Clause 110 - Appeals in relation to penalties

Enterprise Bill – in a Public Bill Committee am 12:45 pm ar 1 Mai 2002.

Danfonwch hysbysiad imi am ddadleuon fel hyn

Question proposed,That the clause stand part of the Bill.

Photo of Andrew Lansley Andrew Lansley Ceidwadwyr, South Cambridgeshire

Having roused myself, Mr. Beard, I just want to ask a question. I want to talk a little more about the Competition Appeals Tribunal, in relation to clause 114 and others. A specific decision has been made to use the CAT as an appropriate body. The structure of the tribunal, as the Minister will know, centres on expertise in competition law, rather than the general issues, although the president of the tribunal must be a senior lawyer. Is the CAT the best body to deal with the decision? Or would it be simpler for the decision on the appropriateness of a penalty of this kind, which is to be akin to a penalty for an offence, to be considered through the High Court in the normal way? The issue does not bite

directly on competition law consideration so much as the behaviour of individuals in receipt of a notice from a public body. It is of a generic kind in that direction, rather than of a specific kind in the competition direction.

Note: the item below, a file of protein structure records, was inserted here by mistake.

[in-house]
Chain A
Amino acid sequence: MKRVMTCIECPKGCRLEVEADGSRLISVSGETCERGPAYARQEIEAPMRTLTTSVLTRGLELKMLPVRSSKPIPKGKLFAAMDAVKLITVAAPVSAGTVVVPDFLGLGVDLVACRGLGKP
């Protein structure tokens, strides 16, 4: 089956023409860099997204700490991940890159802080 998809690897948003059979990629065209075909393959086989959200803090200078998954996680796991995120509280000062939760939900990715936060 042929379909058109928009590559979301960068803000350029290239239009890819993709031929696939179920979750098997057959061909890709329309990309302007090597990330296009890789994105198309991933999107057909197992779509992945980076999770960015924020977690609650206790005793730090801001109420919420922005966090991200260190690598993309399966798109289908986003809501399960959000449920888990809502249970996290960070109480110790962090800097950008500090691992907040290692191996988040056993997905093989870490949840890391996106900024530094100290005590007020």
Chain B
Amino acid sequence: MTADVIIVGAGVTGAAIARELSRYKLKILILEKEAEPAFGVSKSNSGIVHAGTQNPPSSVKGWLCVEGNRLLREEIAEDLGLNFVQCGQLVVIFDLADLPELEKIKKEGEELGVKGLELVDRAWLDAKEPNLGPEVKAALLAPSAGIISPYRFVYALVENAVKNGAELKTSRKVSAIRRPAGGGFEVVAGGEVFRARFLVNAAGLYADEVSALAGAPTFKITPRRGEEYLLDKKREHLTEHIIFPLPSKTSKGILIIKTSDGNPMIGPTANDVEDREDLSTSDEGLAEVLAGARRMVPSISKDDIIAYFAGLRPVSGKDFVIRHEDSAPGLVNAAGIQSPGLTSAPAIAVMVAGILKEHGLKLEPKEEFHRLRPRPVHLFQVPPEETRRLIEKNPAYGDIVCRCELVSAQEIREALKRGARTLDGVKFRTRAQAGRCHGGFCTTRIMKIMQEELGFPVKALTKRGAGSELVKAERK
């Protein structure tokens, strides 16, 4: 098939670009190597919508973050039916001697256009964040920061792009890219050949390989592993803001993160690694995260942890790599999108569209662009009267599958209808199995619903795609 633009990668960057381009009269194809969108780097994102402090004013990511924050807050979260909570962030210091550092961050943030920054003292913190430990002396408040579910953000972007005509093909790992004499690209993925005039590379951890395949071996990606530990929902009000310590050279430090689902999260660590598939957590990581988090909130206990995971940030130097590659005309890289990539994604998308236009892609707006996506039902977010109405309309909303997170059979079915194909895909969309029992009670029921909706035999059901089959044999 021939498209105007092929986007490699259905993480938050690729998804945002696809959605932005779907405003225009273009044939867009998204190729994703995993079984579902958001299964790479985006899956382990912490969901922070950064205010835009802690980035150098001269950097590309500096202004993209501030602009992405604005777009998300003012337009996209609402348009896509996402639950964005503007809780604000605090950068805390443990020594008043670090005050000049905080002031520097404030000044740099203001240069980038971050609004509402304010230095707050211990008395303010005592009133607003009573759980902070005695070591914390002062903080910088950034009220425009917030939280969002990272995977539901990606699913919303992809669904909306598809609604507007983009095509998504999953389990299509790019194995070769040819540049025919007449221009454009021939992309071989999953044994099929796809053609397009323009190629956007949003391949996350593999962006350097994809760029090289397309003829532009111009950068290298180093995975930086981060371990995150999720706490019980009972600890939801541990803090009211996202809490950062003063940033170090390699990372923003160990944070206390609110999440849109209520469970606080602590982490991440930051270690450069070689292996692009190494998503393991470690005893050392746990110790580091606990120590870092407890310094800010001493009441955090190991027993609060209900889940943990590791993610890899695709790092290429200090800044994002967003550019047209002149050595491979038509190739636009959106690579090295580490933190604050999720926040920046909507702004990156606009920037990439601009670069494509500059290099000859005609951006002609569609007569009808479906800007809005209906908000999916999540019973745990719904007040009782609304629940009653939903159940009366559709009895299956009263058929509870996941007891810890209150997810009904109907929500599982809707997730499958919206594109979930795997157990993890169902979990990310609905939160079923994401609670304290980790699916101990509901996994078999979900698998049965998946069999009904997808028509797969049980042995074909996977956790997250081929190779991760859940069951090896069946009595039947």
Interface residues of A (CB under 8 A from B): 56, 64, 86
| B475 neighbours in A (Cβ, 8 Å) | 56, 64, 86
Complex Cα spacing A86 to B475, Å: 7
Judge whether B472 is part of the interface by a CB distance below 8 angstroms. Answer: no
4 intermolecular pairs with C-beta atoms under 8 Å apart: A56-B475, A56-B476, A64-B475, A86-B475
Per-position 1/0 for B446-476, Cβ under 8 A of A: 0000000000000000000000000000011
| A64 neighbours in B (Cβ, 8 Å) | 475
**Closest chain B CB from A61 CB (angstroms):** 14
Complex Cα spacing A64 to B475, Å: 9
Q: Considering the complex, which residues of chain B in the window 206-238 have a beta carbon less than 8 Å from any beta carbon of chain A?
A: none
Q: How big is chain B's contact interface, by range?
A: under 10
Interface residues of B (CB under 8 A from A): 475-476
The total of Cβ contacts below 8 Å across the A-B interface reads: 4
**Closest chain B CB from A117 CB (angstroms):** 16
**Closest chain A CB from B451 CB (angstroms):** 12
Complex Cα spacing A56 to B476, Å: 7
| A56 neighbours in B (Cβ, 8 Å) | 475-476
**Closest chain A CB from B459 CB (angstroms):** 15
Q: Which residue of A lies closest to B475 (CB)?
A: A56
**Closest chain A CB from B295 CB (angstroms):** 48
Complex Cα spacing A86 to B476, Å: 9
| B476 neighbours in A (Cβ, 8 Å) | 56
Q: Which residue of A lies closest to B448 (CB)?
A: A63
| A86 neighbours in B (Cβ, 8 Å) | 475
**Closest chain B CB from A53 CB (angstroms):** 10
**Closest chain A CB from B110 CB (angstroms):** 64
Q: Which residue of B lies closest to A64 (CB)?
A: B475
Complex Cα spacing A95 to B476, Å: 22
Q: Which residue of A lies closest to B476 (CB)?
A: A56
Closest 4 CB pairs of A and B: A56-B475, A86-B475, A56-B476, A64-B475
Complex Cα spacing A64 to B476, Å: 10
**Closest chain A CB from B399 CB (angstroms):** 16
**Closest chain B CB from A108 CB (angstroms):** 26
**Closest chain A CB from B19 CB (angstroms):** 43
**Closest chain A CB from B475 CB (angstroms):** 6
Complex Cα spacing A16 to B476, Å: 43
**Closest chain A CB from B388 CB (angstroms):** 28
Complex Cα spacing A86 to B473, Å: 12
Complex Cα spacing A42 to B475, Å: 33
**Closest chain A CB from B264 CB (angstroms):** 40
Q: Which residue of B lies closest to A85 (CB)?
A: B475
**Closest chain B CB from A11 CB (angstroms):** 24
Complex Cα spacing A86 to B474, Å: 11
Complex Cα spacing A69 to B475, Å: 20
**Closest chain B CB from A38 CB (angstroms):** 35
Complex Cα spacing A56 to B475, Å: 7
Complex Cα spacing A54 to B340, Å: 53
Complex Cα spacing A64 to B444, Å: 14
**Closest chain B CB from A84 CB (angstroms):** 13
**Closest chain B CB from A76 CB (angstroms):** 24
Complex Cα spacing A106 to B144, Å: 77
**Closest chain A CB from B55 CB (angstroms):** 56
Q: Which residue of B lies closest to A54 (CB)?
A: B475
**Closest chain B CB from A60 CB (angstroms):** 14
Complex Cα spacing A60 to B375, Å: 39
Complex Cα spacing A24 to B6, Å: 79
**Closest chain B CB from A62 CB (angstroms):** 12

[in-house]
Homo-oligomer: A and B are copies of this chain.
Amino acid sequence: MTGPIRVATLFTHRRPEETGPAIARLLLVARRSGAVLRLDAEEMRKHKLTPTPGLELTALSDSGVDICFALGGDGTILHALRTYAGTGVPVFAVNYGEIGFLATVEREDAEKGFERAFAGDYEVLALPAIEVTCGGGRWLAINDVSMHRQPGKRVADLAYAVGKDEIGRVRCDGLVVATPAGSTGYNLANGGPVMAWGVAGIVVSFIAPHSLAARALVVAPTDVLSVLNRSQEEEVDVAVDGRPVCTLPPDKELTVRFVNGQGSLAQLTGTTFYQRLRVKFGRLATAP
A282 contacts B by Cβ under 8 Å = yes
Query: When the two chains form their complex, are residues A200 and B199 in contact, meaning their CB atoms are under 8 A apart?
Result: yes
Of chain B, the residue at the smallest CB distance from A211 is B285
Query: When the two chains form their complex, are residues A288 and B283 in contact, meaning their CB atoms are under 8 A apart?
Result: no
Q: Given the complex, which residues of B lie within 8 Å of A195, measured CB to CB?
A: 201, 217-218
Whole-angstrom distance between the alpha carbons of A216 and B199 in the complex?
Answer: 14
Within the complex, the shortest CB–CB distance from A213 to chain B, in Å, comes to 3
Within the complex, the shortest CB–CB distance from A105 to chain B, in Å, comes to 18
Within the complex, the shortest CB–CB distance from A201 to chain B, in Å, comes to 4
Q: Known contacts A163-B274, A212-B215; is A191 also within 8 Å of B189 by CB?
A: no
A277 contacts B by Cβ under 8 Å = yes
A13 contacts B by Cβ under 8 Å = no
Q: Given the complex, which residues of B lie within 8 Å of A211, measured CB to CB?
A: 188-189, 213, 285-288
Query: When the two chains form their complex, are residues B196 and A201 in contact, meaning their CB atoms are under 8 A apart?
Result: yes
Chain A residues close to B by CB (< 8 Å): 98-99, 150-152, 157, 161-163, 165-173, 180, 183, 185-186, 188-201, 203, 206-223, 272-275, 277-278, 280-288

Photo of Douglas Alexander Douglas Alexander Minister of State (e-Commerce & Competitiveness)

I suppose that that partly turns on one's understanding of the economic expertise of the CAT. It could be argued that a certain awareness of the importance of finance and economics would equip it well to make deliberations on the penalties of which the hon. Gentleman spoke. The substantive and serious point that must be addressed is how we achieve the maximum degree of expedition and certainty in the process. It is a mistake to move on to the grounds of philosophy—but that is the underlying thinking behind the Bill.

In essence, we believe that the CAT offers a cheaper and quicker remedy for the parties involved, and a more appropriate forum in terms of which fines can be determined, than involving a decision of the High Court or whatever would be decided by the alternative judicial forums in which those matters could be described. The whole thrust of the Bill is to try to provide a degree of certainty in terms of the route by which a case would be taken forward. I emphasise and echo the argument of the hon. Gentleman that someone of considerable distinction in terms of legal qualifications will be sitting in the chair of the CAT, which I think would deal with some of the concerns that he has raised about its ability to deal with such matters appropriately.

Question put and agreed to.

Clause 110 ordered to stand part of the Bill.

Clauses 111 to 113 ordered to stand part of the Bill.